Tilted Arc did succeed in raising the public’s perception of the public art. Another example in New York City which created a spur was South Bronx Bronzes by John Ahearn in 1991. The long awaited sculptures in the Bronx were perceived as a threat to the neighbourhood. The artist considered to depict an accurate picture of the Bronx but after much heated debate from the public, he recognised the issues his work had raised as mentioned below:

“After assessing the situation, Ahearn came to the conclusion that the work needed to be removed immediately. Ahearn predicted that if they were not removed, the works would be the centre of a very damaging controversy in which he would be cast as a racist." (Finkelpearl, 2000)

People thought the images the artist had created stereotyped people of the Bronx in racially offensive ways, particularly to the African American community (Finkelpearl, 2000). The public space had three realistic life size sculptures (see image below) of people who were known to the artist. The sculpture represented a young man wearing a hood with his dog, a boy with rollerblades and finally a man with a basketball having a foot on the radio. Although Ahearn thought these figures were based on real people he had met and represented the local community, the public thought otherwise. This indicates that the public and the artist need to have similar perceptions for the artwork to be accepted by the community.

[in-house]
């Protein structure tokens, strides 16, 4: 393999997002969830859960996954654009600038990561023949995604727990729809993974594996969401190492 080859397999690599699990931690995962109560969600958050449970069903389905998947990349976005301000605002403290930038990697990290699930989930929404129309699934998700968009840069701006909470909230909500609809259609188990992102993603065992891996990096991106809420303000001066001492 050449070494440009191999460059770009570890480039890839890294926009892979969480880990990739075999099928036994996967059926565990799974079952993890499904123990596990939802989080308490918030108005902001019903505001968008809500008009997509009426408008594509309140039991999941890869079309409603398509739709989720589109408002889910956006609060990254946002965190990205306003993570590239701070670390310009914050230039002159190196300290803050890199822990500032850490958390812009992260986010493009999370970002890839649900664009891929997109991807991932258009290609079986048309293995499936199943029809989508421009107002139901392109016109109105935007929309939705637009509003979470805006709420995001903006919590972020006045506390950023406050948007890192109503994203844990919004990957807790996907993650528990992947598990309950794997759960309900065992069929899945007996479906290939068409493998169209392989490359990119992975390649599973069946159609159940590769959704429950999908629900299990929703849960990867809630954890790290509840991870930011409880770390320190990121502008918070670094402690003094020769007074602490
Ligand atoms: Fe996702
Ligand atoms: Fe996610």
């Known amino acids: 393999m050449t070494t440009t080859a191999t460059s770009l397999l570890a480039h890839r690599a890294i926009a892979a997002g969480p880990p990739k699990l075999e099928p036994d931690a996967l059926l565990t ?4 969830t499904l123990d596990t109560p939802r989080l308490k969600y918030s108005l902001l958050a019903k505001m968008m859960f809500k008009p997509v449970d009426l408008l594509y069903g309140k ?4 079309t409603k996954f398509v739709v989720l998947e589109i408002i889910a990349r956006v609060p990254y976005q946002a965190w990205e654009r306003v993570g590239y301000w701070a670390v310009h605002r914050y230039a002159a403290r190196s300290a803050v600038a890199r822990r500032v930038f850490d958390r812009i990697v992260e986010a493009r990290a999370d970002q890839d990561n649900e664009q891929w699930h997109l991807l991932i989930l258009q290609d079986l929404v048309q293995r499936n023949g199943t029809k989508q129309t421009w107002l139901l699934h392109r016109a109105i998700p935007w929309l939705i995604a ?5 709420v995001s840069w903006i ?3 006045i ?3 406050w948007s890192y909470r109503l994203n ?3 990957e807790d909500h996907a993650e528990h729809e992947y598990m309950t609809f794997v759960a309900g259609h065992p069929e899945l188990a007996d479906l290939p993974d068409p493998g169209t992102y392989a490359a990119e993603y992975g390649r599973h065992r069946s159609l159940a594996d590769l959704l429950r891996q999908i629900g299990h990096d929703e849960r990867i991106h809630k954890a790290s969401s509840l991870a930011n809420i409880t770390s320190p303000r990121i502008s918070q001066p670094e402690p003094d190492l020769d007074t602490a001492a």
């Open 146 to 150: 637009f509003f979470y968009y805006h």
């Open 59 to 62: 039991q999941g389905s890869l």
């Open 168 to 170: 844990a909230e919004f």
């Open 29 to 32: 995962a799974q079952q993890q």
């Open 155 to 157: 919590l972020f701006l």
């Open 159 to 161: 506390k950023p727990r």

These two controversies, and the notion that people should have some power over the space in which they interact, alarmed many artists.

One way to deal with this dilemma has been a shift towards temporary installations of sculptures. In New York City alone, Public Art Fund has commissioned more than four hundred exhibitions and on site projects throughout the years. Some of these artworks include Please Touch the Art in Brooklyn Bridge Park by Jeppe Hein in 2016, which was a successful interactive public art installation supported by New York’s Public Art Fund. The name of the artwork, Please Touch the Art, suggests that the art needs to be touched and experimented with as people walk past the artworks. This feature included fountains, mirror installations and interactive seating. Such interactive public art has grown as a way to bring people together while enhancing the city’s public spaces.

Another project, Anish Kapoor’s art of Sky Mirror (or Cloud Gate) in Chicago has had a tremendous impact on public spaces. This improves how the public space is used, but also conveys significance to the public space itself.